Clinical Research

Stem-Kine is founded on science. We strongly believe in proven clinical research that supports the importance of circulating stem cells, including endothelial progenitor cells. The three articles below are the peer-reviewed research that was conducted surrounding Stem-Kine.

Clinical Trial 1

Clinical Trial 2

Clinical Trial 3

Further Clinical Research

Below you’ll find a collection of articles that we have referenced on this website.Click on any of the article titles for the abstract and link to the full article.

4. Endothelial Progenitor Cells in Cardiovascular Disorders


The important role of the vascular endothelium in cardiovascular health is increasingly recognized. However, mature endothelial cells possess limited regenerative capacity. There is therefore much interest in circulating endothelial progenitor cells (EPCs) among the scientific community, especially into their purported role in maintenance of endothelial integrity and function, as well as postnatal neovascularization. It has been suggested that these cells might not only be responsible for the continuous recovery of the endothelium after injury/damage, but also might take part in angiogenesis, giving the hope of new treatment opportunities. Indeed, there is accumulating evidence showing reduced availability and impaired EPC function in the presence of both cardiovascular disease and associated comorbid risk factors. Thus, many studies into the potential for use of EPCs in the clinical setting are being undertaken. The goal of this review article is to provide an overview of data relevant to the clinical role of EPCs and perspectives for treatment of cardiovascular disorders.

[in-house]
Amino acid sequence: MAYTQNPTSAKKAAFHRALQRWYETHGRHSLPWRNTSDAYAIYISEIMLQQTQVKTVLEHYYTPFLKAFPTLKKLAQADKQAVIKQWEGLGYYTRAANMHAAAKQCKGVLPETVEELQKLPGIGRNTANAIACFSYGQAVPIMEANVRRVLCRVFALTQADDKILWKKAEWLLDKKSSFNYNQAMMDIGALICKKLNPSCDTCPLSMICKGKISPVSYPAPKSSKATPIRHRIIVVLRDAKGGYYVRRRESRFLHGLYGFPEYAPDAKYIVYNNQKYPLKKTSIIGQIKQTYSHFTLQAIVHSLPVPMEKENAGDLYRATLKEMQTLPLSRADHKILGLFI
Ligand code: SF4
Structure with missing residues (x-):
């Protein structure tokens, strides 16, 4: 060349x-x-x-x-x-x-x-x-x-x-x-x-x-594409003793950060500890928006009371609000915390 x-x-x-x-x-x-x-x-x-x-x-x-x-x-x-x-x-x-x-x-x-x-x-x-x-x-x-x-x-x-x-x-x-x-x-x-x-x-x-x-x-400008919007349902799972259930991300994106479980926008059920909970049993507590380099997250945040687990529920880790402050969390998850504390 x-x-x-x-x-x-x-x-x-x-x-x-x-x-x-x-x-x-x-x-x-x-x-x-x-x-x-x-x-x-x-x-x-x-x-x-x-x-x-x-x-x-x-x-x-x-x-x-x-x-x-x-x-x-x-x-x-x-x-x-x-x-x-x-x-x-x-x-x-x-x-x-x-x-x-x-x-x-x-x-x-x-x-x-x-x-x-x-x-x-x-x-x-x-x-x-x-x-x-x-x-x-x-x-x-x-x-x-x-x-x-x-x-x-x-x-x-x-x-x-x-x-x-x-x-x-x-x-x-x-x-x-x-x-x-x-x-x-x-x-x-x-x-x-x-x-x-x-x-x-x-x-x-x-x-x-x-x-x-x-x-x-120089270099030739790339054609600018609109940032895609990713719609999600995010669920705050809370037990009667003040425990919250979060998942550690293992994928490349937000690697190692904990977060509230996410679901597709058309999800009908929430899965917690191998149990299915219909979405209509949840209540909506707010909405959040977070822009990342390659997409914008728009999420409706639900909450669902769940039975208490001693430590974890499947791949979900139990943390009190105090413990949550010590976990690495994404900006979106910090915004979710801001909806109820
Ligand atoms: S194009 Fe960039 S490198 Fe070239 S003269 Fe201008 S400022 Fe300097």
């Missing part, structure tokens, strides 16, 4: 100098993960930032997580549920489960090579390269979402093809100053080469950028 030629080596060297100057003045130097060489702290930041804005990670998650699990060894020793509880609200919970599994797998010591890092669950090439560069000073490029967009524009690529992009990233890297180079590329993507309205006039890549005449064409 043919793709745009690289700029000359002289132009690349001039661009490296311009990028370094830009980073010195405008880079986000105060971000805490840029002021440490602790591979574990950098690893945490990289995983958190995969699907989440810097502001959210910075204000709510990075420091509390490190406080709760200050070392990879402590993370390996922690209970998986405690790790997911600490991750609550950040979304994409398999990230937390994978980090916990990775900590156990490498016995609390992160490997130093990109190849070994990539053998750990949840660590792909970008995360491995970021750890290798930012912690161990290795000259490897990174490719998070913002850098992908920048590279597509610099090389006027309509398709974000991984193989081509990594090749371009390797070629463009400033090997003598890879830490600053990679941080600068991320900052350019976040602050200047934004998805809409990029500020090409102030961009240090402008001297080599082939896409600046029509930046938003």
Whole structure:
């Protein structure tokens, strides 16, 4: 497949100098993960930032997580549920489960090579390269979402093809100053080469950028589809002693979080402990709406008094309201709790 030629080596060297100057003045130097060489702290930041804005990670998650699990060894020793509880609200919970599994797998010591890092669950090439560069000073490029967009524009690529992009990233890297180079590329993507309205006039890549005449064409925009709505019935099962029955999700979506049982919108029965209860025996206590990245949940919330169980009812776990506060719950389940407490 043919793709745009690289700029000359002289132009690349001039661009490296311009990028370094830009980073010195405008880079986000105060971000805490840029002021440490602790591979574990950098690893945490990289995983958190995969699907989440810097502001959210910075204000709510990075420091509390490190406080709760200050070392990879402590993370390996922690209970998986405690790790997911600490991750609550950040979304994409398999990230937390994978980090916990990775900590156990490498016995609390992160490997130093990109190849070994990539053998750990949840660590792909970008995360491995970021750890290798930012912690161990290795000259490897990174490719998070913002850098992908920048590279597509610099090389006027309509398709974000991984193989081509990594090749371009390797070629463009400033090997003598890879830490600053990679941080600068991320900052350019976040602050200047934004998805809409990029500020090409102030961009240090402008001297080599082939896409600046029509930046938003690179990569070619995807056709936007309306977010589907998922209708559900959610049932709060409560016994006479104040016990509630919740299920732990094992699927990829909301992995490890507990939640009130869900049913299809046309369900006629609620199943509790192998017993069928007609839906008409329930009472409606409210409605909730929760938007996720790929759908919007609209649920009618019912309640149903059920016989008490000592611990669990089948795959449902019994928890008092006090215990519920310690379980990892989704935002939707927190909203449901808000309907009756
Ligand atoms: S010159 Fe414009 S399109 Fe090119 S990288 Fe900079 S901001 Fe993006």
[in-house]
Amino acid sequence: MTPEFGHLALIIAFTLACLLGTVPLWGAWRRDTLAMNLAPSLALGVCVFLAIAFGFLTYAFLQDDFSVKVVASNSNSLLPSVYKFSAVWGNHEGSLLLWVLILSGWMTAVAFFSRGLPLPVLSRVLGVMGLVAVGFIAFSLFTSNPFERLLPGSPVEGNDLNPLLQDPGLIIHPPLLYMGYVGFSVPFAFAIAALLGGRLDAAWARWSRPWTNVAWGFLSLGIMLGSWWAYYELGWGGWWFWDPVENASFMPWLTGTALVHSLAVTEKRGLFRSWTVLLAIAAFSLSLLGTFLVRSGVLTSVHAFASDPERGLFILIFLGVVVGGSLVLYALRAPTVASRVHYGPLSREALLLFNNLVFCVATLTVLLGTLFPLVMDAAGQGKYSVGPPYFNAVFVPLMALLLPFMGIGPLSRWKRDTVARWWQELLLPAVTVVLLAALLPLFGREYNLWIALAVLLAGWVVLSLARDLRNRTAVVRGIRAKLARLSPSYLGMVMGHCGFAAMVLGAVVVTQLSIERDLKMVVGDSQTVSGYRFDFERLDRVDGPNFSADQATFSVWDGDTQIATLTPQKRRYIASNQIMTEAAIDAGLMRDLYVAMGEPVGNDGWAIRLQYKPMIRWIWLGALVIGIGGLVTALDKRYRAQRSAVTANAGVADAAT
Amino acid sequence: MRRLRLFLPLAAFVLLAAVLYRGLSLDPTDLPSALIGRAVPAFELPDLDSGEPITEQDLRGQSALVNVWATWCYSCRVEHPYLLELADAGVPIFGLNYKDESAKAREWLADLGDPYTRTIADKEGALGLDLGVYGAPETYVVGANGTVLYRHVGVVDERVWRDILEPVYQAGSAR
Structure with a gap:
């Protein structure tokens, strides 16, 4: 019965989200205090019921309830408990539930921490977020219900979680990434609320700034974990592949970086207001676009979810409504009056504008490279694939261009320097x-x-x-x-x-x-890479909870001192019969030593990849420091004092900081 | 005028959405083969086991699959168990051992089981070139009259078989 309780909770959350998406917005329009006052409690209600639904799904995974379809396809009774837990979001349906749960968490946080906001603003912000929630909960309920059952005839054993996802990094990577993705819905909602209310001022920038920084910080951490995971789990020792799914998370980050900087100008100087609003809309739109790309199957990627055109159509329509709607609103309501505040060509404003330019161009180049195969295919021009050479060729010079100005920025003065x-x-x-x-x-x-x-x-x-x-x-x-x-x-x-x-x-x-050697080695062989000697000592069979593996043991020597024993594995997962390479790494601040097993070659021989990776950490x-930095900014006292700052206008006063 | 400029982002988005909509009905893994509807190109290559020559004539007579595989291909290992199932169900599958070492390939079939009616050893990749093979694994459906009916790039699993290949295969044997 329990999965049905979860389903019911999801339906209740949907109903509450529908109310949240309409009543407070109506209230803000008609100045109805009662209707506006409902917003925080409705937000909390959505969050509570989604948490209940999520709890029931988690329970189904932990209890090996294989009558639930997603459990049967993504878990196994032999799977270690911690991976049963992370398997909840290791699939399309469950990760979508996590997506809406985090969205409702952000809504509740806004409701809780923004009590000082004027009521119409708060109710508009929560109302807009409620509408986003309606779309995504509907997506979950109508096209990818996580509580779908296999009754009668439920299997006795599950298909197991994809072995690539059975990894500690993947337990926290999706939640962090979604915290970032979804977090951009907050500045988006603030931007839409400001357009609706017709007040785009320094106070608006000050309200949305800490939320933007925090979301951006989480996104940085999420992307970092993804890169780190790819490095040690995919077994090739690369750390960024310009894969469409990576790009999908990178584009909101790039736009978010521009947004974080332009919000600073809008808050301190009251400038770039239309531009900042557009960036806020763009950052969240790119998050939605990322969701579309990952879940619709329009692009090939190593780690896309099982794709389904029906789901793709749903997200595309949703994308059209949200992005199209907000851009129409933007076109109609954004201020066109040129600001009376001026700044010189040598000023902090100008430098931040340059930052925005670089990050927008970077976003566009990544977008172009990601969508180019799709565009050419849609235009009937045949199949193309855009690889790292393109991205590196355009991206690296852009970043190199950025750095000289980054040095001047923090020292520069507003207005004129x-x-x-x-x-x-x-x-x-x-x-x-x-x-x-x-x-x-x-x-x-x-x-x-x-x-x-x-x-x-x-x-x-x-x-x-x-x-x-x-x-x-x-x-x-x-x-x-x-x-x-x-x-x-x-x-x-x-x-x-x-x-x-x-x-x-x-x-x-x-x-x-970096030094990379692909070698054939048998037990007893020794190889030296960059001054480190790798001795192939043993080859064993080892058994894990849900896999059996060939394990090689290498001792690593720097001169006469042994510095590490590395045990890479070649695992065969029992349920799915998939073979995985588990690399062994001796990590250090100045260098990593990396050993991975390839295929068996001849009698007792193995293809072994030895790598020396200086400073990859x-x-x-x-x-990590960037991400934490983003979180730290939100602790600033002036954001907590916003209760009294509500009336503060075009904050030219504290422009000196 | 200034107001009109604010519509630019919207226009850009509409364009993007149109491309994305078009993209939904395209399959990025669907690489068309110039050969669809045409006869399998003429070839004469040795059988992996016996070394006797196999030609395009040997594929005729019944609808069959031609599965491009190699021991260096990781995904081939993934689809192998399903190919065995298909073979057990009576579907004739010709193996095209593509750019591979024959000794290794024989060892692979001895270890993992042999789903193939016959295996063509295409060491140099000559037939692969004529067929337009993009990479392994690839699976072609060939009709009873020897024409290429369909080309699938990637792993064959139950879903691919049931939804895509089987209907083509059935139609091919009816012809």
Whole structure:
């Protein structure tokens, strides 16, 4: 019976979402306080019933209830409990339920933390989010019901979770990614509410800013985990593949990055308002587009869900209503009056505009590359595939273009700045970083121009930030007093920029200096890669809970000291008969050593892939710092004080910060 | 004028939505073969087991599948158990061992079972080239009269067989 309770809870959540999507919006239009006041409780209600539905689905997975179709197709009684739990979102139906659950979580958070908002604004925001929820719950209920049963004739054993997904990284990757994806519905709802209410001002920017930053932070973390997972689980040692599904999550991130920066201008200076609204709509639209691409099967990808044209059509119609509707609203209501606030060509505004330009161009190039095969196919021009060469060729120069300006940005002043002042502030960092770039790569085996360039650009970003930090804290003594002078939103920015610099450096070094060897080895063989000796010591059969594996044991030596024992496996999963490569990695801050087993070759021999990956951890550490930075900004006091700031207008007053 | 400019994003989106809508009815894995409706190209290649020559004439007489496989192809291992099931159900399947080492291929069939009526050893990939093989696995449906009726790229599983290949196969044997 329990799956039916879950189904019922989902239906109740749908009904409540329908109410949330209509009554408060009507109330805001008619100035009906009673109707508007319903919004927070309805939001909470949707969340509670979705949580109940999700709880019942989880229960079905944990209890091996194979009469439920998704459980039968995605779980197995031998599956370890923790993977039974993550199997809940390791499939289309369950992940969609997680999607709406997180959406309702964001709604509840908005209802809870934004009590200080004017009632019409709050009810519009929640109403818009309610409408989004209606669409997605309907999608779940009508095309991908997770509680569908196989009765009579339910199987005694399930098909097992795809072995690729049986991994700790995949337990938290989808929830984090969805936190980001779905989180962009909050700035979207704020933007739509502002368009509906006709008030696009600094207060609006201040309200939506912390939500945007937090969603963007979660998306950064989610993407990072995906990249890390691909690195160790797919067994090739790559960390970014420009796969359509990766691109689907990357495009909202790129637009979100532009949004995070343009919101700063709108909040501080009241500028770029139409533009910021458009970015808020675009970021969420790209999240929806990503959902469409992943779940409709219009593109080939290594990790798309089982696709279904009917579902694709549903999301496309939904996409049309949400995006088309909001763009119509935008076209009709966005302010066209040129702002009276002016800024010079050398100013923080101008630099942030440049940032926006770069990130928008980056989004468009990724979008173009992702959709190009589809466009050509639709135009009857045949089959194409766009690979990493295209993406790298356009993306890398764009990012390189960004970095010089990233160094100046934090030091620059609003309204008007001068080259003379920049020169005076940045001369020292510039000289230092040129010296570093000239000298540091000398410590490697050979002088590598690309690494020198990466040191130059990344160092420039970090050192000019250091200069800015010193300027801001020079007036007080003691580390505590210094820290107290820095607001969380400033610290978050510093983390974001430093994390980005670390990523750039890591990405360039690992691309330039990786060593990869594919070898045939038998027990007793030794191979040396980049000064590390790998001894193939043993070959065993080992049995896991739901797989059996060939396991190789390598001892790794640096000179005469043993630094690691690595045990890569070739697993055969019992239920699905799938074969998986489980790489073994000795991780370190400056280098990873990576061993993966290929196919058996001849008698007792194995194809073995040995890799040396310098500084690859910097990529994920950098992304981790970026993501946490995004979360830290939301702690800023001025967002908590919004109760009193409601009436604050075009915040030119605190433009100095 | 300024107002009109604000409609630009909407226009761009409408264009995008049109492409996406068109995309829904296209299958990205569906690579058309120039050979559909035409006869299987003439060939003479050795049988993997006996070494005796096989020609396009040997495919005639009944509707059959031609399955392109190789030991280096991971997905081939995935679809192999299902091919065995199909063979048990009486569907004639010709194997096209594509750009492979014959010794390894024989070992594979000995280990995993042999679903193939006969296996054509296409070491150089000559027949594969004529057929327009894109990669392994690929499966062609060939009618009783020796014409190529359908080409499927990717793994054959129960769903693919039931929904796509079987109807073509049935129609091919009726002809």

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5. Determination of bone marrow–derived endothelial progenitor cell significance in angiogenic growth factor–induced neovascularization in vivo


Our laboratory and others recently provided evidence indicating that endothelial progenitor cells (EPCs) participate in postnatal neovascularization. However, the extent to which EPCs contribute to adult neovascularization remains unclear. To address this issue, we investigated the quantitative contribution of EPCs to newly formed vascular structures in an in vivo Matrigel plug assay and corneal micropocket assay.

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